I’m excited to say that Curbed SF posted a blurb about my remodel project and it was complimentary if not funny!
“570 Corbett was a shitshack. Then in 2010 it was renovated from the foundation up. Now it’s packed full of fancy finishes and smooth ceilings with recessed lighting and everything else you’d think a homeowner would put in a house if they wanted to get a spread in Dwell magazine. The building’s exterior still has its Mid-Century modern feel, as the house was originally built in 1959. But again, once inside it’s a contemporary wonderland. We never thought we’d type this, but the four different tiles in the master bathroom work really well together. The deets: it’s a 3-bed, 2-bath house in Twin Peaks for $995,000. You get 2-car parking with interior access. Property highlights include open living spaces and a gorgeous backyard that’s perfect for entertaining.”
I love that they say the house used to be a shitshack. In truth, it was. They never mention architects, oh well – SEE HERE
Also recently the developer / my client Rick was featured in a story in the San Francisco Chronicle. It was mostly about his shift in career from set design / producer to residential developer. There were a couple of photos of this house and – don’t blink! – a mention of yours truly as the architect. May be the only time I’m ever mentioned in the same article as Liza Minelli:
“…he was building sets for stage productions and live musical shows for artists such as Liza Minnelli….Tom McElroy was the architect on the project..”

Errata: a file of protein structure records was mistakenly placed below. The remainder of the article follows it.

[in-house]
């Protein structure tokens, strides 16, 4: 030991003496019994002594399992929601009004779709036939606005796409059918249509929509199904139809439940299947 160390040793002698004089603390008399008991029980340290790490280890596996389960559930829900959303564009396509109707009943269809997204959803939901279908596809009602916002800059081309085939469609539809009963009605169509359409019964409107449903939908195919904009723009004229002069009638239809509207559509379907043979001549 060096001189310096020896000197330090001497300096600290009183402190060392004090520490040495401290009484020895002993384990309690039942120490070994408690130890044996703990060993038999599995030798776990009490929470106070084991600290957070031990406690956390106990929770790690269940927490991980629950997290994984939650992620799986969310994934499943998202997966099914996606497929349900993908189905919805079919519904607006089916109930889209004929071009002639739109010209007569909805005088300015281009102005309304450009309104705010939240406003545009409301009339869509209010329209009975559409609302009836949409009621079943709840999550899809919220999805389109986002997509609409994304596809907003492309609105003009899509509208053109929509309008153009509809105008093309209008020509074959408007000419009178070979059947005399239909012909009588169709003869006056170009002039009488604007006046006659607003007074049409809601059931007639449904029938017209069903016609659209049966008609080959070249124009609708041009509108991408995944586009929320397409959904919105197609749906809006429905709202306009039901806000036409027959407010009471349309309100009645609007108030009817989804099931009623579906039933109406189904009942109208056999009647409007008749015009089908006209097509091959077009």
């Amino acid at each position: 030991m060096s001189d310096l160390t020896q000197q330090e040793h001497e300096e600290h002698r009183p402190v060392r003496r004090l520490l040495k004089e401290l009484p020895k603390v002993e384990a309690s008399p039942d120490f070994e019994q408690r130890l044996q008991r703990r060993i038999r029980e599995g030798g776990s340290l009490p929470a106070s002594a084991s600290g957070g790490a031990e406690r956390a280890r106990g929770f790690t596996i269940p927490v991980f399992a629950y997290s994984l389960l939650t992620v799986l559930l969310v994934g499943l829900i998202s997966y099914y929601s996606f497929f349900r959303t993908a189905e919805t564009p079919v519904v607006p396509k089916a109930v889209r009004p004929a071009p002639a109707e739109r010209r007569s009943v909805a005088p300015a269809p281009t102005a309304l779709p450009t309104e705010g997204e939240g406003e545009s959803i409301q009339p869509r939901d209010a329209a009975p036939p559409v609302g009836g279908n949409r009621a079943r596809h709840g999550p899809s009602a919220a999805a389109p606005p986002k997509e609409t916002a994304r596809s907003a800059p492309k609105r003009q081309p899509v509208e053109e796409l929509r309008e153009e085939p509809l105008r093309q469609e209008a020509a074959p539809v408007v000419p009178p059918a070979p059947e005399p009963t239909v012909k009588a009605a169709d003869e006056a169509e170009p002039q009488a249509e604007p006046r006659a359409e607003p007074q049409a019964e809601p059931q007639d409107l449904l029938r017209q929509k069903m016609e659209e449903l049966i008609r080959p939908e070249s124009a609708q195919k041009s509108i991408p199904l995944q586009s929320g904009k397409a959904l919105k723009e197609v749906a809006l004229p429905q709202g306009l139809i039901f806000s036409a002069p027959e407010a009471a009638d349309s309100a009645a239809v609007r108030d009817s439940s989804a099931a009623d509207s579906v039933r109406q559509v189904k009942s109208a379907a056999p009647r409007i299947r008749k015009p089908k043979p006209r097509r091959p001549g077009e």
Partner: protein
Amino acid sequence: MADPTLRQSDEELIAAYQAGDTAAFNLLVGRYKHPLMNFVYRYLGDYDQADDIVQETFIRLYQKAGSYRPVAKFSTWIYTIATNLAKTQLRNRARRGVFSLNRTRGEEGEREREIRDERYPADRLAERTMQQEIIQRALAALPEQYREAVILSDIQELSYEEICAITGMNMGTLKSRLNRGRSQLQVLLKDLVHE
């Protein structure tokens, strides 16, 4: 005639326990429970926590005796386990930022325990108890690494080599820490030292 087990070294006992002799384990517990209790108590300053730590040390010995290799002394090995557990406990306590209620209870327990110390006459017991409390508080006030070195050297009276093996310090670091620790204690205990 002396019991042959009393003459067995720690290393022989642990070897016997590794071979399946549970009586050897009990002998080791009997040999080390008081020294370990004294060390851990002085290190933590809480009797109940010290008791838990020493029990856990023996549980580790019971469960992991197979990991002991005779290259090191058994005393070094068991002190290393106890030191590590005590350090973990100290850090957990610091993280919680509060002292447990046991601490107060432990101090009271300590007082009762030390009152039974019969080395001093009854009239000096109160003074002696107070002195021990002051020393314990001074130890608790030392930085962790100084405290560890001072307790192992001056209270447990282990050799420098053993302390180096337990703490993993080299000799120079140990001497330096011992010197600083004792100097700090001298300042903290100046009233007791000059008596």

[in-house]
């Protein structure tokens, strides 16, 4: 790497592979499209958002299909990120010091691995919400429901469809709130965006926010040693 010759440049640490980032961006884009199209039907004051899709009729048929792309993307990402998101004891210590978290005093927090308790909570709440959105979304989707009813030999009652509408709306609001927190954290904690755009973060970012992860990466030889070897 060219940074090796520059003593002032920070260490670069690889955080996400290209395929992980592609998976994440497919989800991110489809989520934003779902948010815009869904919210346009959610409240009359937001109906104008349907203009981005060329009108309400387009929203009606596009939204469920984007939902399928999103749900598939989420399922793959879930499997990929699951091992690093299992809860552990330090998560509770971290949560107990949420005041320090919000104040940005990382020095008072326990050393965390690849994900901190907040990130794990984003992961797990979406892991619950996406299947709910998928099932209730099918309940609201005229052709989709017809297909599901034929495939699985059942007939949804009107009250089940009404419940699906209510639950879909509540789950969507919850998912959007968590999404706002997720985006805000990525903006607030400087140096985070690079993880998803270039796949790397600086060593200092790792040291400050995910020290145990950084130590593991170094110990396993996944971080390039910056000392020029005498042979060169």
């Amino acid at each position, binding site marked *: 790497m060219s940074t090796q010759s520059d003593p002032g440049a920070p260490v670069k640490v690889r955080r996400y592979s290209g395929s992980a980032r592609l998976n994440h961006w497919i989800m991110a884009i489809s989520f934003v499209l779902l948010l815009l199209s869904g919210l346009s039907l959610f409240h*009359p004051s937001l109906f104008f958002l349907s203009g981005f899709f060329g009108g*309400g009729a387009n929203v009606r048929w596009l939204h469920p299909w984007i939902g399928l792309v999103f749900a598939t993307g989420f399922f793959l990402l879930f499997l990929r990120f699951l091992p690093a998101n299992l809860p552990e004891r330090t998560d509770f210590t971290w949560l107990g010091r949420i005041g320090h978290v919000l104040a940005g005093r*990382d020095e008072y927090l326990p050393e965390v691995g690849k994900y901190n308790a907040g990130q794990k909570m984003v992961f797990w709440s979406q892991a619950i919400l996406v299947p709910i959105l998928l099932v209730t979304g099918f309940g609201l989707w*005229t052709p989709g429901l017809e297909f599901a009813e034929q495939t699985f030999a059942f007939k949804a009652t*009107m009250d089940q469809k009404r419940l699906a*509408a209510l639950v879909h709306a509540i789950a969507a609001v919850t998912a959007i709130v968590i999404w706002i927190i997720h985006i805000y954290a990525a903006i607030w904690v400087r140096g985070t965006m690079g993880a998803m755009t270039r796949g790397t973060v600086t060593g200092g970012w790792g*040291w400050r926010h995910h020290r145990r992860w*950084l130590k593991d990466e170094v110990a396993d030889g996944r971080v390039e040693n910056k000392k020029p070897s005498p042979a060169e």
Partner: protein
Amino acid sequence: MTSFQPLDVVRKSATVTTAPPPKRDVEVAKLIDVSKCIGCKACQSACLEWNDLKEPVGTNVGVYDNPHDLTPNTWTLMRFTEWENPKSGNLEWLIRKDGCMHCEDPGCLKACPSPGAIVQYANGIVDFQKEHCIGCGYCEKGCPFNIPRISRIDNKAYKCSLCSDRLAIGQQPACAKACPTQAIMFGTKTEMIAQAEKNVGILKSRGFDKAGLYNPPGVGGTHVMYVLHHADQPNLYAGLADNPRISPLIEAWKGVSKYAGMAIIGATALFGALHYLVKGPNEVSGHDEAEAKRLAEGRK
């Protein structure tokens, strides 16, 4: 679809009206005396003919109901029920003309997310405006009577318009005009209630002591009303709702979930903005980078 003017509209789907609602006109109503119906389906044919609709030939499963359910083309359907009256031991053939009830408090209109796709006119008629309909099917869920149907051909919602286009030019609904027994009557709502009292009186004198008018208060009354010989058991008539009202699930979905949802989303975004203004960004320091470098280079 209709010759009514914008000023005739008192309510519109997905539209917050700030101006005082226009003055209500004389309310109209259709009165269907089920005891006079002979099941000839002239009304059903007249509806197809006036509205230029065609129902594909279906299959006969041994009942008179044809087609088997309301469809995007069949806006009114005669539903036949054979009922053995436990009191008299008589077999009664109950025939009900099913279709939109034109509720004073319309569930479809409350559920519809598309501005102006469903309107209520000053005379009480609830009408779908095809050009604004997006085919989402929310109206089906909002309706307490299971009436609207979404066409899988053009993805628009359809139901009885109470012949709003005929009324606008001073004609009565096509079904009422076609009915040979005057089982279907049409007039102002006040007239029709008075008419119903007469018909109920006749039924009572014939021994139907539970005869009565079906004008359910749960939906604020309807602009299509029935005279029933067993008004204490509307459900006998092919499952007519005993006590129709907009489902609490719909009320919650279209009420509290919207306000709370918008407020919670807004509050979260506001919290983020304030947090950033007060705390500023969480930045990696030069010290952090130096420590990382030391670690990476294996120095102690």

Where have I been? The blog took a hiatus in December, so now it’s time to start tracking the projects again – we’re off to a running start in 2011. This 1959 building left alone for a few decades is now waking up. [nice blaring parking sign, and unpainted vents etc] Here’s a quick recap of the facade up to now: I was inspired by a photo to try a green & brown earthy color scheme at the front, but we never loved the brown. The Eichler color chart is mostly earthtones – though this is clearly far from an Eichler, not even a Likeler! The tiled area to the lower right was intended to be a material ‘accent’, and after many suggestions were scratched from my list we settled on the 8×16 ceramic tile in ‘lavagna mood’, a purple-grey from Ceramic Tile Design. Once the tile went in it was apparent that the brown had to go, so we matched the garage area in paint, just going up yesterday. I drew this simple steel planter to fill in some of the corners a the facade, and eliminated the red brick planter. The steps to the front door will be tiled soon. The interior is almost finished – Lots of shapes in the light fixtures – the George Nelson Cigar bubble lamp, a flying saucer-shaped pendant from PLC, and cylinder pendants at the kitchen. Details left to do, including a dark outlet plate @ the peninsula! [alas, we had to go with a track for the kitchen pendants due the steel beam in the ceiling…]Walnut kitchen from City Cabinetmakers, 2×12 tile from Heath Ceramics…triangle tiles from Heath Ceramics behind the double-wide sink… & the drought-resistant garden seen from the new first floor bedroom. More to come!